A Big Problem with Adolescent and Children Activity Level
Last week, a study indicated that the activity level of adolescents and children may be even less than previously thought, which was already low.1 The growing trend of inactivity among school aged children has been a concern, especially with the parallel increase in childhood diseases which are known to be affected by exercise, such as obesity, type 2 diabetes and metabolic syndrome. These are chronic conditions that historically have not been seen in children, and whereas a lack of exercise is certainly not the only culprit, it plays a significant role.
The study used NHANES data from 2003-2006, and analyzed over 12,000 individuals, who wore activity monitors for a 7 day period (taking them off only to bathe and sleep. Participants were separated into 5 age groups: children (6 to 11); adolescents (12 to 19); young adults (20 to 29); adults at midlife (31 to 59); and older adults (60 through age 84).
The study looked at not only overall activity level, but also the times during the day where individuals are the most likely to be active.
Sedentary Sound Off
Children and adolescents were found to be as sedentary as most older adults, 60 years and older. The only group that saw any type of consistent increase in activity level was young adults, but this trend seems to drop off in mid-life with a predominant return to sedentary life by age 35. For children and adolescents, activity level seemed to be highest from 2-6 pm, which correlates with after school activities. For mid-life and older adults activity level tended toward being higher in the morning, and for young adults it was spread out through the day.
The (inactive) Bottom Line
The bottom line of this study is very clear: the recommendations for daily activity are largely not being met, by anyone. Most concerning are children, who are learning and developing the patterns of activity they are likely to fall into, or utilize for the rest of their lives. The World Health Organization (WHO) recommends at least 60 minutes of physical activity a day for ages 5-17 (moderate to vigorous play). 25% of boys and 50% of girls aged 6-11 are not meeting these recommendations, and for ages 12-19 – when both physical growth and mental growth are at its highest – those 50% and 75% of boys and girls respectively are not meeting the recommendations.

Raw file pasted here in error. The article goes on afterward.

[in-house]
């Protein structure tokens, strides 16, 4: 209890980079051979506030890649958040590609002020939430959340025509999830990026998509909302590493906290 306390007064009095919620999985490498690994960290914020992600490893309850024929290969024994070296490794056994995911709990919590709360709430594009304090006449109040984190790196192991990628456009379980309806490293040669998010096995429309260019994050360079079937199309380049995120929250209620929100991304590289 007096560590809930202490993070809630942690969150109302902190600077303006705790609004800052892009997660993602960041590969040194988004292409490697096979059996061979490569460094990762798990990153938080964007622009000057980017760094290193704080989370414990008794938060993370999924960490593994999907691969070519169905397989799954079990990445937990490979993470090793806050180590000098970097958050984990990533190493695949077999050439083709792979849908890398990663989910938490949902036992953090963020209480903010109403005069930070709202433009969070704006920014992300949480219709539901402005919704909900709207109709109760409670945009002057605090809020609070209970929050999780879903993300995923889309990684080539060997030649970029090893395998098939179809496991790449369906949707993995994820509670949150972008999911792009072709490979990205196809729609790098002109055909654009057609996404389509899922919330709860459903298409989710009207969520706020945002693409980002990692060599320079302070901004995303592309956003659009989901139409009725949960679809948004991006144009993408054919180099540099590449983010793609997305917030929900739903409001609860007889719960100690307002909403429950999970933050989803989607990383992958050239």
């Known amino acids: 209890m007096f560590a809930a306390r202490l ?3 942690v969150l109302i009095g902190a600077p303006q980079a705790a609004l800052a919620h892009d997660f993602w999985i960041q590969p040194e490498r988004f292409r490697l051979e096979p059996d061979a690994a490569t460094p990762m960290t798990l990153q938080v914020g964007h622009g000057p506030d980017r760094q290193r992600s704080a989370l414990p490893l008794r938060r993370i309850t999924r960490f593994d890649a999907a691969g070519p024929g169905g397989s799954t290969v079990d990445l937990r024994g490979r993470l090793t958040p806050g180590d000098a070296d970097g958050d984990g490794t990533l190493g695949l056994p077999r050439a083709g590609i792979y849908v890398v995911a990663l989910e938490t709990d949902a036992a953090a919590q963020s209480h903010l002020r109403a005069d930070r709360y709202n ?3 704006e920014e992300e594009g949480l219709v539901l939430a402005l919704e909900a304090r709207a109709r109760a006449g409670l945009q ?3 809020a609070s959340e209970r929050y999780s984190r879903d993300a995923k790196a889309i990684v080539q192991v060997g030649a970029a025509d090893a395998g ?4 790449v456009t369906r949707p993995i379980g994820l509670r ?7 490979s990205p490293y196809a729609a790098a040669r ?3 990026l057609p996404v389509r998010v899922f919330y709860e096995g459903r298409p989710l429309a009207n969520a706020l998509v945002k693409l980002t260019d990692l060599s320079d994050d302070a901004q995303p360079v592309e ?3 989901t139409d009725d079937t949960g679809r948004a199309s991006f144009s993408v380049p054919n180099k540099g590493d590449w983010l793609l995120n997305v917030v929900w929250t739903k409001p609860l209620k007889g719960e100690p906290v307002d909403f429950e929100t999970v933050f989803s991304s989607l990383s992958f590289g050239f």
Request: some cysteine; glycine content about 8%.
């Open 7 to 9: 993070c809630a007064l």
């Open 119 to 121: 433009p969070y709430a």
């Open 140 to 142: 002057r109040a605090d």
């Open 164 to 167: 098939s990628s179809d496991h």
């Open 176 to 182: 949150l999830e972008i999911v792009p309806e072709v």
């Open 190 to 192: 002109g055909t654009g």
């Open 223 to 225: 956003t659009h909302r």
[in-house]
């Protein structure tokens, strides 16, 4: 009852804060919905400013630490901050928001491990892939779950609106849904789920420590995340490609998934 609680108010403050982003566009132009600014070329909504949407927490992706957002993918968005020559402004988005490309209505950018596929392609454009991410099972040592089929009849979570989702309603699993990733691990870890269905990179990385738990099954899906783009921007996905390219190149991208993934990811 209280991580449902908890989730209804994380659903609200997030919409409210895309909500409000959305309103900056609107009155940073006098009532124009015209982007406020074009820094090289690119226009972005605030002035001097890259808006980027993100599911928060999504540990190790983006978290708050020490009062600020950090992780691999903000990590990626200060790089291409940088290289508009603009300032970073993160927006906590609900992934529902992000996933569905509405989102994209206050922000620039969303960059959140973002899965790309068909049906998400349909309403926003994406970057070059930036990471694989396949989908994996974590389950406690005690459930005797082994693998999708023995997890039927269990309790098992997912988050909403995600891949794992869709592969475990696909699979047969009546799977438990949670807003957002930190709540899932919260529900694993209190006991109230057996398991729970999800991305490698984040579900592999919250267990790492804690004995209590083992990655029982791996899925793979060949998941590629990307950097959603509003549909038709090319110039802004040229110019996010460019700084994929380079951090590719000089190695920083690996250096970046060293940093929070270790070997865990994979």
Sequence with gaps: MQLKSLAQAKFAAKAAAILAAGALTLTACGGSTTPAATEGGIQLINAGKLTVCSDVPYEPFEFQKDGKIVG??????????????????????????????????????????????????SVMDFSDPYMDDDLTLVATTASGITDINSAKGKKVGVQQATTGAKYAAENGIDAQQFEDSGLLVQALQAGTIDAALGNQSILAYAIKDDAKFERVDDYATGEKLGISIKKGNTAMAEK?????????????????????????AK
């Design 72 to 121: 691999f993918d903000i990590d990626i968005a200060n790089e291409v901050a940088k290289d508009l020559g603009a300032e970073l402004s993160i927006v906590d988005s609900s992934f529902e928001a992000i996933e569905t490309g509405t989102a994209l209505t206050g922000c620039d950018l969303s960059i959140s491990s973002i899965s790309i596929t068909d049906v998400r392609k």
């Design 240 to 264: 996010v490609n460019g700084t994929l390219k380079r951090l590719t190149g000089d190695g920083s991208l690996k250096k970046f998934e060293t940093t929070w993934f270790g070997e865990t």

Even though the WHO recommends moderate to vigorous exercise, this study concludes that given the degree to which many people are falling short of these recommendations, even low intensity activity should be advocated; anything that moves children away from being sedentary.
- Varma VR, Dey D, Leroux A, et al. Re-evaluating the effect of age on physical activity over the lifespan. Prev Med. 2017;101:102-108.
- Image Copyright: <a href=’https://www.123rf.com/profile_36clicks’>36clicks / 123RF Stock Photo</a>
Node Smith, associate editor for NDNR, is a fifth year naturopathic medical student at NUNM, where he has been instrumental in maintaining a firm connection to the philosophy and heritage of naturopathic medicine amongst the next generation of docs. He helped found the first multi-generational experiential retreat, which brings elders, alumni, and students together for a weekend campout where naturopathic medicine and medical philosophy are experienced in nature. Three years ago he helped found the non-profit, Association for Naturopathic ReVitalization (ANR), for which he serves as the board chairman. ANR has a mission to inspire health practitioners to embody the naturopathic principles through experiential education. Node also has a firm belief that the next era of naturopathic medicine will see a resurgence of in-patient facilities which use fasting, earthing, hydrotherapy and homeopathy to bring people back from chronic diseases of modern living; he is involved in numerous conversations and projects to bring about this vision.